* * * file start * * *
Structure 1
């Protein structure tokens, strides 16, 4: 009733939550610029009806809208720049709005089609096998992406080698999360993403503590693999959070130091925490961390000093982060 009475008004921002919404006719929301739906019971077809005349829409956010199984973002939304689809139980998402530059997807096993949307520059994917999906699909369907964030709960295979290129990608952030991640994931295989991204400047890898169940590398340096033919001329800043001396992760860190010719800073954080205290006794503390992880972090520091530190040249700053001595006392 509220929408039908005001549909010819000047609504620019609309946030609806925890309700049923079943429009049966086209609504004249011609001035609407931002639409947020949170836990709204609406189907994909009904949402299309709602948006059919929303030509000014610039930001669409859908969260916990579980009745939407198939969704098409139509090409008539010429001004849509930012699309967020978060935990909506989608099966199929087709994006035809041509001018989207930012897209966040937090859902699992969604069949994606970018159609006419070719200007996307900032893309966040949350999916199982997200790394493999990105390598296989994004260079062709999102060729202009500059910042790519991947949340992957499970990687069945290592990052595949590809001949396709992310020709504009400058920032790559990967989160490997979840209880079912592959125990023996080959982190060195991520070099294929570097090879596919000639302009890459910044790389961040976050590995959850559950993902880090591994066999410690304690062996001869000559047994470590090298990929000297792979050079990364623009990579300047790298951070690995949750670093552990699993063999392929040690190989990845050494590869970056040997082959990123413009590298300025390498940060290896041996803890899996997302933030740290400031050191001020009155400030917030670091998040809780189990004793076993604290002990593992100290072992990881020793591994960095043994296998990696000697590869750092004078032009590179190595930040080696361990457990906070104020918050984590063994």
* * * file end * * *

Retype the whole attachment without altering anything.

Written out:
Structure 1
């Protein structure tokens, strides 16, 4: 009733939550610029009806809208720049709005089609096998992406080698999360993403503590693999959070130091925490961390000093982060 009475008004921002919404006719929301739906019971077809005349829409956010199984973002939304689809139980998402530059997807096993949307520059994917999906699909369907964030709960295979290129990608952030991640994931295989991204400047890898169940590398340096033919001329800043001396992760860190010719800073954080205290006794503390992880972090520091530190040249700053001595006392 509220929408039908005001549909010819000047609504620019609309946030609806925890309700049923079943429009049966086209609504004249011609001035609407931002639409947020949170836990709204609406189907994909009904949402299309709602948006059919929303030509000014610039930001669409859908969260916990579980009745939407198939969704098409139509090409008539010429001004849509930012699309967020978060935990909506989608099966199929087709994006035809041509001018989207930012897209966040937090859902699992969604069949994606970018159609006419070719200007996307900032893309966040949350999916199982997200790394493999990105390598296989994004260079062709999102060729202009500059910042790519991947949340992957499970990687069945290592990052595949590809001949396709992310020709504009400058920032790559990967989160490997979840209880079912592959125990023996080959982190060195991520070099294929570097090879596919000639302009890459910044790389961040976050590995959850559950993902880090591994066999410690304690062996001869000559047994470590090298990929000297792979050079990364623009990579300047790298951070690995949750670093552990699993063999392929040690190989990845050494590869970056040997082959990123413009590298300025390498940060290896041996803890899996997302933030740290400031050191001020009155400030917030670091998040809780189990004793076993604290002990593992100290072992990881020793591994960095043994296998990696000697590869750092004078032009590179190595930040080696361990457990906070104020918050984590063994």